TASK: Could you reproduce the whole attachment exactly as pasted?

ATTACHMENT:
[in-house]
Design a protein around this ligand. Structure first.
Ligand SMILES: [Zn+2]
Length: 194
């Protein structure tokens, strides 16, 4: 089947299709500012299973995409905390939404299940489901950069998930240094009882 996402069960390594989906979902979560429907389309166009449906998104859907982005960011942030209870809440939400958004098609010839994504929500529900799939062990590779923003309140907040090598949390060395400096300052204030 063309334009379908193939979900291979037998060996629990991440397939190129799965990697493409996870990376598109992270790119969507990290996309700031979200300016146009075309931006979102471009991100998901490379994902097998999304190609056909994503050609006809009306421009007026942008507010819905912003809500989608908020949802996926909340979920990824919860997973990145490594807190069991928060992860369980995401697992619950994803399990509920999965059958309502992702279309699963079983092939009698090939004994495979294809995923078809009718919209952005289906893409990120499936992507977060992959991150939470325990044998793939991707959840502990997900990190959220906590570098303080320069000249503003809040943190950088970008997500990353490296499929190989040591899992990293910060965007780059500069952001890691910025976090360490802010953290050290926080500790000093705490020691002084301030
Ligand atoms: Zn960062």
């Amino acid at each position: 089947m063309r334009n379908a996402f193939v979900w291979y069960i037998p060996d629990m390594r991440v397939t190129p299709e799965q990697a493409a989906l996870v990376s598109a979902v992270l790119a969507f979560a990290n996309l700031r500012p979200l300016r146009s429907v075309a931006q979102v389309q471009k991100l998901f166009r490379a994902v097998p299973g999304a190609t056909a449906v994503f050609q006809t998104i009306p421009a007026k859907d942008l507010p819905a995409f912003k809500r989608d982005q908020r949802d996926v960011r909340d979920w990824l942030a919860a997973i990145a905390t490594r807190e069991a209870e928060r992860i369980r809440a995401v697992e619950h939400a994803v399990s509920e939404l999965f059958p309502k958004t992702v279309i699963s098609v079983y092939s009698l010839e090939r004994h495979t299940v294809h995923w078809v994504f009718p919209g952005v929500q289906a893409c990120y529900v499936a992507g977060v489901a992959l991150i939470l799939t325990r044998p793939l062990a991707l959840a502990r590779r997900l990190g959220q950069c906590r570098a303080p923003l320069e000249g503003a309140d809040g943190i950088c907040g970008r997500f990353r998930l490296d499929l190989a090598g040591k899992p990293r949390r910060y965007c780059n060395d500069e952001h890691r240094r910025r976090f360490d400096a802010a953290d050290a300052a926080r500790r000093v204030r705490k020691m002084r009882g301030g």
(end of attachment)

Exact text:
[in-house]
Design a protein around this ligand. Structure first.
Ligand SMILES: [Zn+2]
Length: 194
């Protein structure tokens, strides 16, 4: 089947299709500012299973995409905390939404299940489901950069998930240094009882 996402069960390594989906979902979560429907389309166009449906998104859907982005960011942030209870809440939400958004098609010839994504929500529900799939062990590779923003309140907040090598949390060395400096300052204030 063309334009379908193939979900291979037998060996629990991440397939190129799965990697493409996870990376598109992270790119969507990290996309700031979200300016146009075309931006979102471009991100998901490379994902097998999304190609056909994503050609006809009306421009007026942008507010819905912003809500989608908020949802996926909340979920990824919860997973990145490594807190069991928060992860369980995401697992619950994803399990509920999965059958309502992702279309699963079983092939009698090939004994495979294809995923078809009718919209952005289906893409990120499936992507977060992959991150939470325990044998793939991707959840502990997900990190959220906590570098303080320069000249503003809040943190950088970008997500990353490296499929190989040591899992990293910060965007780059500069952001890691910025976090360490802010953290050290926080500790000093705490020691002084301030
Ligand atoms: Zn960062």
């Amino acid at each position: 089947m063309r334009n379908a996402f193939v979900w291979y069960i037998p060996d629990m390594r991440v397939t190129p299709e799965q990697a493409a989906l996870v990376s598109a979902v992270l790119a969507f979560a990290n996309l700031r500012p979200l300016r146009s429907v075309a931006q979102v389309q471009k991100l998901f166009r490379a994902v097998p299973g999304a190609t056909a449906v994503f050609q006809t998104i009306p421009a007026k859907d942008l507010p819905a995409f912003k809500r989608d982005q908020r949802d996926v960011r909340d979920w990824l942030a919860a997973i990145a905390t490594r807190e069991a209870e928060r992860i369980r809440a995401v697992e619950h939400a994803v399990s509920e939404l999965f059958p309502k958004t992702v279309i699963s098609v079983y092939s009698l010839e090939r004994h495979t299940v294809h995923w078809v994504f009718p919209g952005v929500q289906a893409c990120y529900v499936a992507g977060v489901a992959l991150i939470l799939t325990r044998p793939l062990a991707l959840a502990r590779r997900l990190g959220q950069c906590r570098a303080p923003l320069e000249g503003a309140d809040g943190i950088c907040g970008r997500f990353r998930l490296d499929l190989a090598g040591k899992p990293r949390r910060y965007c780059n060395d500069e952001h890691r240094r910025r976090f360490d400096a802010a953290d050290a300052a926080r500790r000093v204030r705490k020691m002084r009882g301030g």